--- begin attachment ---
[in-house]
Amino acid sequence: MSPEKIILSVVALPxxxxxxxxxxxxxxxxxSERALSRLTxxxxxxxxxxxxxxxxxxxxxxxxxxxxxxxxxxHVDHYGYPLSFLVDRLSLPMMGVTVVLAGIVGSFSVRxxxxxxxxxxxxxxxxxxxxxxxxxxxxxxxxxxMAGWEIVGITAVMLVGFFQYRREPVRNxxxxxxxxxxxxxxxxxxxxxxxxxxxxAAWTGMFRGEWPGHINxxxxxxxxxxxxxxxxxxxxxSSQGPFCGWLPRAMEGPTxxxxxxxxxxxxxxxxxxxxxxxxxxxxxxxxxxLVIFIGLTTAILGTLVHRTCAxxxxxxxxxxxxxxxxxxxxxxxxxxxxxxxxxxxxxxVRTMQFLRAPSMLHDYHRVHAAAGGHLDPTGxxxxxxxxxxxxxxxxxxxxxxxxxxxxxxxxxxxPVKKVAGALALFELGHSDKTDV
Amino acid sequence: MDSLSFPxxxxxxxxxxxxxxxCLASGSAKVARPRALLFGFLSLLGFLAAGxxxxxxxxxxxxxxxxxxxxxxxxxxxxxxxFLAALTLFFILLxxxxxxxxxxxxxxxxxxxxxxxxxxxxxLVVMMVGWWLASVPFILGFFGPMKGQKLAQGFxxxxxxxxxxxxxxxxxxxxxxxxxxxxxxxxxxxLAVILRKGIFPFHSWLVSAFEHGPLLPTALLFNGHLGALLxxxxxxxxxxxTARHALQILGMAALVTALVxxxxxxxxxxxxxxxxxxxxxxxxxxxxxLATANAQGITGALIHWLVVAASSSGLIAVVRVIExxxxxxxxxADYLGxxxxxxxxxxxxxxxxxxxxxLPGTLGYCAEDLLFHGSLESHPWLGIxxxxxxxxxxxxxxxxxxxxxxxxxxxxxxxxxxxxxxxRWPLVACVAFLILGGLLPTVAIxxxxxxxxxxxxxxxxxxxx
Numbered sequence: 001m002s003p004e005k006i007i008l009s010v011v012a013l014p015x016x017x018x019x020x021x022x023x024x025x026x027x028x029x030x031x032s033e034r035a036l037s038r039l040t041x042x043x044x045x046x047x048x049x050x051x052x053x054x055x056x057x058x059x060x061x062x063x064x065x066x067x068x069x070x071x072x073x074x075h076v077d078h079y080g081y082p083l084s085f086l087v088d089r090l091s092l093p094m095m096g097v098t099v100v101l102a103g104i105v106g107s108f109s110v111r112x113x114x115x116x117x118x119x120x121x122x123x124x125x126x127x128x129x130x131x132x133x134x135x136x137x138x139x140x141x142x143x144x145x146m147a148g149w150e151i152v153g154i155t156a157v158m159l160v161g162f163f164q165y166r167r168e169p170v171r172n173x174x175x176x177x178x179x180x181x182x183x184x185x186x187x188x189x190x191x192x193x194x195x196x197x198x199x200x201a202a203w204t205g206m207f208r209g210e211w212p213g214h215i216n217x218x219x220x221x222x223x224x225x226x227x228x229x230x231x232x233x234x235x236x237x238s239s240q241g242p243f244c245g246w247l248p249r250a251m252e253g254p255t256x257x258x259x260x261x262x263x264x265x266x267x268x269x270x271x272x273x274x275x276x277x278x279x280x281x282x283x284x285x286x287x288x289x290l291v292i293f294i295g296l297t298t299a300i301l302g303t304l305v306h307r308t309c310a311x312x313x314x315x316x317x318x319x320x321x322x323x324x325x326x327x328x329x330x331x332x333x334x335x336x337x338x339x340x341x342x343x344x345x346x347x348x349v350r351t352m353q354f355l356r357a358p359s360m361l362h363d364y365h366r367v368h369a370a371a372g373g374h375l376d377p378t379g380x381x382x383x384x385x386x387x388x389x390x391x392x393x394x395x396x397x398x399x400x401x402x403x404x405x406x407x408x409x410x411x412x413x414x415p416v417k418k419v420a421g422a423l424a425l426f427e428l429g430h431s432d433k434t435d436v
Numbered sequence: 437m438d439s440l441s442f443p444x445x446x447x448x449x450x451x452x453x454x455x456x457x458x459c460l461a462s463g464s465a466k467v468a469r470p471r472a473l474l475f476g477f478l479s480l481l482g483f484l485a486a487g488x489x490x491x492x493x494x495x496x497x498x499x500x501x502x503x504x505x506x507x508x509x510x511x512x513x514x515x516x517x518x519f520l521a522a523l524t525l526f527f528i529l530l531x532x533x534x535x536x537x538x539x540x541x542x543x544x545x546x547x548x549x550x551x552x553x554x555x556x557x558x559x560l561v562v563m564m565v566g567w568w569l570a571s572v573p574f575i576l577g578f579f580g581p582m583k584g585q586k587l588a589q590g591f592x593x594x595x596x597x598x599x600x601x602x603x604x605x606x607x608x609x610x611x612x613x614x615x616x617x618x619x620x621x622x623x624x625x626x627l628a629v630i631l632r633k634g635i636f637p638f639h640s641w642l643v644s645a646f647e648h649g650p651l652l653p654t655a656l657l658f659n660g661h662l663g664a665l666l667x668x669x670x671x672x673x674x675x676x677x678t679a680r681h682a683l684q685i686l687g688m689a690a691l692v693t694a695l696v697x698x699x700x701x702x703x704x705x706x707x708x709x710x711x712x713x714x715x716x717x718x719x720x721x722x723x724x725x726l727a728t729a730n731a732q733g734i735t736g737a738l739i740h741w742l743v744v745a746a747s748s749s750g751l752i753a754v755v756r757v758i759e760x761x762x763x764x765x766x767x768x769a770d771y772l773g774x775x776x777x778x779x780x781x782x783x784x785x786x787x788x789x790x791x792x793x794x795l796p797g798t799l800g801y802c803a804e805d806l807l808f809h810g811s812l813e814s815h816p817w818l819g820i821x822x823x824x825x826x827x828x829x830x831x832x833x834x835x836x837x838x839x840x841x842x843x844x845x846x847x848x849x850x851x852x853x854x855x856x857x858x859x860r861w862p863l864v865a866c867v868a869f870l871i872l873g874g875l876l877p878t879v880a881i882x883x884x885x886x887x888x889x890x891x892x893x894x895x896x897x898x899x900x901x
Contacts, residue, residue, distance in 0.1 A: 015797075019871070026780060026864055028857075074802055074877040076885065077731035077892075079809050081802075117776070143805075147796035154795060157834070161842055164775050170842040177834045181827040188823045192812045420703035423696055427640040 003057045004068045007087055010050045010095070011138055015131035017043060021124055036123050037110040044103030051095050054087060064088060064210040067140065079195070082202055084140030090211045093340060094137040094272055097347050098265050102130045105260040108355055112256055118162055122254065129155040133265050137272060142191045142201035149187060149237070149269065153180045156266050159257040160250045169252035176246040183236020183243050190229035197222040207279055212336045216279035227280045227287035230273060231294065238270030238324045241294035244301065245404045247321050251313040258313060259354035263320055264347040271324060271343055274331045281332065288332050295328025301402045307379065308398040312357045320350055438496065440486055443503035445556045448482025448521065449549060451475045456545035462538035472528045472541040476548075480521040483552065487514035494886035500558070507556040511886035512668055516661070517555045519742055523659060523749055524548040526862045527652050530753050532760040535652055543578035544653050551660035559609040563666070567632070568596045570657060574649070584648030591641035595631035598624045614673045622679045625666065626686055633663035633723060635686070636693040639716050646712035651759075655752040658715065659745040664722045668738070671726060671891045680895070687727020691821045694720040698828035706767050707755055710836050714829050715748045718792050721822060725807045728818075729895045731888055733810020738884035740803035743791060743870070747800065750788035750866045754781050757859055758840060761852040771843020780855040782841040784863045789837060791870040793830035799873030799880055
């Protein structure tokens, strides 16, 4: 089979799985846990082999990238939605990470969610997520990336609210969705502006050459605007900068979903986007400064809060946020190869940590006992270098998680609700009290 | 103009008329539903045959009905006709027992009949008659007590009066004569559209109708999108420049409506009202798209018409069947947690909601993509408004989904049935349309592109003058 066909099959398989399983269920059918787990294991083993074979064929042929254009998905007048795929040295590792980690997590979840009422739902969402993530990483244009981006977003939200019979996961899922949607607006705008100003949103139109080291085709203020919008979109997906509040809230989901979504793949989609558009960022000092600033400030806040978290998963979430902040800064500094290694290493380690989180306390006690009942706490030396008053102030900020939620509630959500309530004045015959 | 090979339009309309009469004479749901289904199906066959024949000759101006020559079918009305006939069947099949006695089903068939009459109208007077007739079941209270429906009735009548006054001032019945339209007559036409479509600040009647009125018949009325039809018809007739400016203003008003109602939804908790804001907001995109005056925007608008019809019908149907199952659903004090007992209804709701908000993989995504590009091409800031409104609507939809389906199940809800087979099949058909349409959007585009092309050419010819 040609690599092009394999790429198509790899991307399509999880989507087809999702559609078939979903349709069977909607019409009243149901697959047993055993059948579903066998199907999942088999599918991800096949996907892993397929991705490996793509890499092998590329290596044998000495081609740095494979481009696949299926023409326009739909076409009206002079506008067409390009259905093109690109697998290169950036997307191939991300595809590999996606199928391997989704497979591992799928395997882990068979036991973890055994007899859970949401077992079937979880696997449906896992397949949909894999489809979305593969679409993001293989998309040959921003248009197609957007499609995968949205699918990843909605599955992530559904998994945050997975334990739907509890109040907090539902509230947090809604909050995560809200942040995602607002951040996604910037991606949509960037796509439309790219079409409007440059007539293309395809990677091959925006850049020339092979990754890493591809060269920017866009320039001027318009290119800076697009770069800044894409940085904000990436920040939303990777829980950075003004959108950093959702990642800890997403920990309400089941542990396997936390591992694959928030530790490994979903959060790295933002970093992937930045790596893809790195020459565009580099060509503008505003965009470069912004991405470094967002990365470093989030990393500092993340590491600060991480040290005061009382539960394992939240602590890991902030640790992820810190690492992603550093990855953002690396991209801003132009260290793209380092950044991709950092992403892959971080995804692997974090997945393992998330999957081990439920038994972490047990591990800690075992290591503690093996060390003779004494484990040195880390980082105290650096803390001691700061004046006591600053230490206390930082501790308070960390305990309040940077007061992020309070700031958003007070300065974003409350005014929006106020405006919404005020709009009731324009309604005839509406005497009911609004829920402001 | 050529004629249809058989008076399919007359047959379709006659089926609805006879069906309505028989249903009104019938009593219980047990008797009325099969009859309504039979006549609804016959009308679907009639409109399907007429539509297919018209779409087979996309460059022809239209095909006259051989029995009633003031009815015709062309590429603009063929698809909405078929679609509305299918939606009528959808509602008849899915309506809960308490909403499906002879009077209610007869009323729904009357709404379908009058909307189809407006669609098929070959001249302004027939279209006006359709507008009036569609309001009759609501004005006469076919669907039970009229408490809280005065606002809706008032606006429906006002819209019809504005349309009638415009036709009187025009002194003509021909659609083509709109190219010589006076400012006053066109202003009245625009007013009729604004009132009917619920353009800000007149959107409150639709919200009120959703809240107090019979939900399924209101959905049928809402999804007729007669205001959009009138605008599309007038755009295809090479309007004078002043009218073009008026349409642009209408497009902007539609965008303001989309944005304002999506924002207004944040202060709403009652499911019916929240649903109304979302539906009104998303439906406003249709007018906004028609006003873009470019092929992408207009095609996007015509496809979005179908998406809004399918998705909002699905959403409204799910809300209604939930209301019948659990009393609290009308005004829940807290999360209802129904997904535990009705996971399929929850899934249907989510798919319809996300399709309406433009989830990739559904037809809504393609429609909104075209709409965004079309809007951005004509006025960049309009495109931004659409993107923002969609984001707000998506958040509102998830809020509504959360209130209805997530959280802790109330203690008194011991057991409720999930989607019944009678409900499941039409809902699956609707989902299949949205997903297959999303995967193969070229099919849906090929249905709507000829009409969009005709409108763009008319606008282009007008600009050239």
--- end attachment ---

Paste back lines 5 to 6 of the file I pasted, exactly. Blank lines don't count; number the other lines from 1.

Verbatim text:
Numbered sequence: 437m438d439s440l441s442f443p444x445x446x447x448x449x450x451x452x453x454x455x456x457x458x459c460l461a462s463g464s465a466k467v468a469r470p471r472a473l474l475f476g477f478l479s480l481l482g483f484l485a486a487g488x489x490x491x492x493x494x495x496x497x498x499x500x501x502x503x504x505x506x507x508x509x510x511x512x513x514x515x516x517x518x519f520l521a522a523l524t525l526f527f528i529l530l531x532x533x534x535x536x537x538x539x540x541x542x543x544x545x546x547x548x549x550x551x552x553x554x555x556x557x558x559x560l561v562v563m564m565v566g567w568w569l570a571s572v573p574f575i576l577g578f579f580g581p582m583k584g585q586k587l588a589q590g591f592x593x594x595x596x597x598x599x600x601x602x603x604x605x606x607x608x609x610x611x612x613x614x615x616x617x618x619x620x621x622x623x624x625x626x627l628a629v630i631l632r633k634g635i636f637p638f639h640s641w642l643v644s645a646f647e648h649g650p651l652l653p654t655a656l657l658f659n660g661h662l663g664a665l666l667x668x669x670x671x672x673x674x675x676x677x678t679a680r681h682a683l684q685i686l687g688m689a690a691l692v693t694a695l696v697x698x699x700x701x702x703x704x705x706x707x708x709x710x711x712x713x714x715x716x717x718x719x720x721x722x723x724x725x726l727a728t729a730n731a732q733g734i735t736g737a738l739i740h741w742l743v744v745a746a747s748s749s750g751l752i753a754v755v756r757v758i759e760x761x762x763x764x765x766x767x768x769a770d771y772l773g774x775x776x777x778x779x780x781x782x783x784x785x786x787x788x789x790x791x792x793x794x795l796p797g798t799l800g801y802c803a804e805d806l807l808f809h810g811s812l813e814s815h816p817w818l819g820i821x822x823x824x825x826x827x828x829x830x831x832x833x834x835x836x837x838x839x840x841x842x843x844x845x846x847x848x849x850x851x852x853x854x855x856x857x858x859x860r861w862p863l864v865a866c867v868a869f870l871i872l873g874g875l876l877p878t879v880a881i882x883x884x885x886x887x888x889x890x891x892x893x894x895x896x897x898x899x900x901x
Contacts, residue, residue, distance in 0.1 A: 015797075019871070026780060026864055028857075074802055074877040076885065077731035077892075079809050081802075117776070143805075147796035154795060157834070161842055164775050170842040177834045181827040188823045192812045420703035423696055427640040 003057045004068045007087055010050045010095070011138055015131035017043060021124055036123050037110040044103030051095050054087060064088060064210040067140065079195070082202055084140030090211045093340060094137040094272055097347050098265050102130045105260040108355055112256055118162055122254065129155040133265050137272060142191045142201035149187060149237070149269065153180045156266050159257040160250045169252035176246040183236020183243050190229035197222040207279055212336045216279035227280045227287035230273060231294065238270030238324045241294035244301065245404045247321050251313040258313060259354035263320055264347040271324060271343055274331045281332065288332050295328025301402045307379065308398040312357045320350055438496065440486055443503035445556045448482025448521065449549060451475045456545035462538035472528045472541040476548075480521040483552065487514035494886035500558070507556040511886035512668055516661070517555045519742055523659060523749055524548040526862045527652050530753050532760040535652055543578035544653050551660035559609040563666070567632070568596045570657060574649070584648030591641035595631035598624045614673045622679045625666065626686055633663035633723060635686070636693040639716050646712035651759075655752040658715065659745040664722045668738070671726060671891045680895070687727020691821045694720040698828035706767050707755055710836050714829050715748045718792050721822060725807045728818075729895045731888055733810020738884035740803035743791060743870070747800065750788035750866045754781050757859055758840060761852040771843020780855040782841040784863045789837060791870040793830035799873030799880055